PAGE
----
How and Where to Start
Now then, if brands are so valuable, why don’t all organizations work hard to build theirs? One of the issues could be described as a catch 22—or the beloved “chicken and egg” conundrum. On one hand, a great brand is the product of having plentiful resources brought about by effective fundraising and outreach, which produce meaningful results, all backed by a fantastically talented team. On the other hand, a great brand determines all these things; because strong brands attract more resources and drive interest, momentum and, ultimately, success.
The reality is that nonprofit branding strategy is rarely the very first task an organization takes on, and with good reason. The seed of all great nonprofit organizations is to provide important services for groups of people who would otherwise be disadvantaged. Naturally, the work must begin first, although typically a logo, tagline, and maybe even web design are completed as a grassroots branding effort.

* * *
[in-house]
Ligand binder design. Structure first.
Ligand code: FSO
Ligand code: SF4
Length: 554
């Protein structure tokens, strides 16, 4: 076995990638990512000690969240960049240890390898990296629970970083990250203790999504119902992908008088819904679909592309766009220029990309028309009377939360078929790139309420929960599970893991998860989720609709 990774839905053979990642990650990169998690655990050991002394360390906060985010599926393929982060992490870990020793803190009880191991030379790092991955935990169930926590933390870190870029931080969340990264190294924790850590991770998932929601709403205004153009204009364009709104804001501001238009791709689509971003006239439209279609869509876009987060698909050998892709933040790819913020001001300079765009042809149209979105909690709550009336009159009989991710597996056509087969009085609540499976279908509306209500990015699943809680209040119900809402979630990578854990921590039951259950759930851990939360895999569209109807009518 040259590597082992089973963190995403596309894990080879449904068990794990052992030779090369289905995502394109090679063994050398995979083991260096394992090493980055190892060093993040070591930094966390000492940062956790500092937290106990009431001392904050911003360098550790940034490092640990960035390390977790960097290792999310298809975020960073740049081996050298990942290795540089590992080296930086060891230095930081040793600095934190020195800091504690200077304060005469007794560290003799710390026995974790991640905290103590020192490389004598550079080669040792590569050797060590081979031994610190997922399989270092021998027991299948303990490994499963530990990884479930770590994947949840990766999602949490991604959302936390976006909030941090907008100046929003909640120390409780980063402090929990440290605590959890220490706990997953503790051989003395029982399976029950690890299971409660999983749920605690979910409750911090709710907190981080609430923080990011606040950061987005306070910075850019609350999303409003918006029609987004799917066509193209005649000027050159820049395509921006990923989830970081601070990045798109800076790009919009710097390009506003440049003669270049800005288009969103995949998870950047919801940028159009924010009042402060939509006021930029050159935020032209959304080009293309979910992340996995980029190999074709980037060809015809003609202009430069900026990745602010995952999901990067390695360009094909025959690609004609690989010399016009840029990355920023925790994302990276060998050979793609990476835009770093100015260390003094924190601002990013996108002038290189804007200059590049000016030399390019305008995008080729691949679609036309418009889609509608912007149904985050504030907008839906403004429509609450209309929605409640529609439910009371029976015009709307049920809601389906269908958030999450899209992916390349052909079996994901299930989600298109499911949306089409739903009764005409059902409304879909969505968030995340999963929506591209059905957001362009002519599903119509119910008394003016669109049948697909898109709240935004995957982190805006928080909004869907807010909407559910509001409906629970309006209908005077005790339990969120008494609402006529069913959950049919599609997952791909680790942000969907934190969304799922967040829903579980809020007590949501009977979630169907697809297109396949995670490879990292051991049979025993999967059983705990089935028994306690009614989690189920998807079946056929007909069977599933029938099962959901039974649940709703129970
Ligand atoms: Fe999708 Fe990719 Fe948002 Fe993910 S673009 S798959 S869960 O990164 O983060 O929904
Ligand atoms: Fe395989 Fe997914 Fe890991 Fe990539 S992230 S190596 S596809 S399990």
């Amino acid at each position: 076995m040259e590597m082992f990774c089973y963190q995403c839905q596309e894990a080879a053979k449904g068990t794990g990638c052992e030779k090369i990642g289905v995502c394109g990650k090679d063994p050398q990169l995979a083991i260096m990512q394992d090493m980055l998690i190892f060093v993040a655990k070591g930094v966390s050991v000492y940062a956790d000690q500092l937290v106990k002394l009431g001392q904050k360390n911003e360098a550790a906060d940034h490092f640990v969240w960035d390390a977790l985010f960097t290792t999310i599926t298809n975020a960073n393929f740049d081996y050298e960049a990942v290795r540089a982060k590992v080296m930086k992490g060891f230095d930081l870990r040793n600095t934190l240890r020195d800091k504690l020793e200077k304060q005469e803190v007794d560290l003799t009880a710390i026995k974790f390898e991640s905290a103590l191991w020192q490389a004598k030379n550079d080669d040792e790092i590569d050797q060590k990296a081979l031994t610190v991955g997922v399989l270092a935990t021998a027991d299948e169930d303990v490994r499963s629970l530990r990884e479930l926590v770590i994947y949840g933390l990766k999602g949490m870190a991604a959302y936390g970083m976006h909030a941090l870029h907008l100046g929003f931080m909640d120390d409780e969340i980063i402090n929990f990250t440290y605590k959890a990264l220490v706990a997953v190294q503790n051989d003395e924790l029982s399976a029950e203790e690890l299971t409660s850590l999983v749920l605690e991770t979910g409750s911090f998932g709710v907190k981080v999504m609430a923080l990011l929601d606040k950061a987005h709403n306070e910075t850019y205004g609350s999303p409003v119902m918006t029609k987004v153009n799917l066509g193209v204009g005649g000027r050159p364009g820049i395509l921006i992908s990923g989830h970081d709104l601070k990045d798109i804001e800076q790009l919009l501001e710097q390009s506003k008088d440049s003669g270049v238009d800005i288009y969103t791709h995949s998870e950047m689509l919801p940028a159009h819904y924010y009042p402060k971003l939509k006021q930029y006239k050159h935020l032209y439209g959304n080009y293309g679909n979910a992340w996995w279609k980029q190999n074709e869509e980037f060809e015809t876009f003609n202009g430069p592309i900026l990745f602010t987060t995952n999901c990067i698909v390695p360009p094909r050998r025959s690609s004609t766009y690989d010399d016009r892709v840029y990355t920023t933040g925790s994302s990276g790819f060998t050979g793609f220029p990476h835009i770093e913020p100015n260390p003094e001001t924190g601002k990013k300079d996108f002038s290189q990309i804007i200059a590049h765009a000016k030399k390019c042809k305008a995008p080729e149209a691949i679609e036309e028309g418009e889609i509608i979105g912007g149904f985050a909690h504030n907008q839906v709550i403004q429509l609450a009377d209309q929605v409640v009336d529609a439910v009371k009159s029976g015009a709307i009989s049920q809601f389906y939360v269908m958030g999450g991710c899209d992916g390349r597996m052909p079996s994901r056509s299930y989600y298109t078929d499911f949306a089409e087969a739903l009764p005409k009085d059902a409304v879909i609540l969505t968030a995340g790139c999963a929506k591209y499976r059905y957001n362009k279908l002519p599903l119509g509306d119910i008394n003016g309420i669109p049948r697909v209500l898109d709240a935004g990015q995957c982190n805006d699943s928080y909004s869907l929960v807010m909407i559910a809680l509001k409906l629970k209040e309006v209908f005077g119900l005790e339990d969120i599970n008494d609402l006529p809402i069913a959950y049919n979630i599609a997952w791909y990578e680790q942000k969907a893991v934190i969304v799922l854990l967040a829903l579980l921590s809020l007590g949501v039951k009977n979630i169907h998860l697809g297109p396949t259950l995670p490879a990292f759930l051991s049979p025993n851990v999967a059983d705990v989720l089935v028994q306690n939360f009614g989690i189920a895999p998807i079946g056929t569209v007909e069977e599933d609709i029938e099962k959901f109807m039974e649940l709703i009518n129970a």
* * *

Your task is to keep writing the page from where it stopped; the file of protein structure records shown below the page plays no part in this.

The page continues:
But when an organization is ready to move up to the net level, to be recognized on a broader stage, to unify long-term goals, and strengthen internal identity, cohesion, and capacity, a complete brand strategy and positioning effort should be considered.
Brands are valuable because they can make everything else a nonprofit does easier. They open doors, attract support, create excitement and interest, and bring resources that in turn allow the brand to flourish and become even stronger. How can a nonprofit start this snowball of perception and organizational success? A great place to start is by recognizing the following benefits of nonprofit branding.
6 Benefits of Nonprofit Branding
1. Confidence & Credibility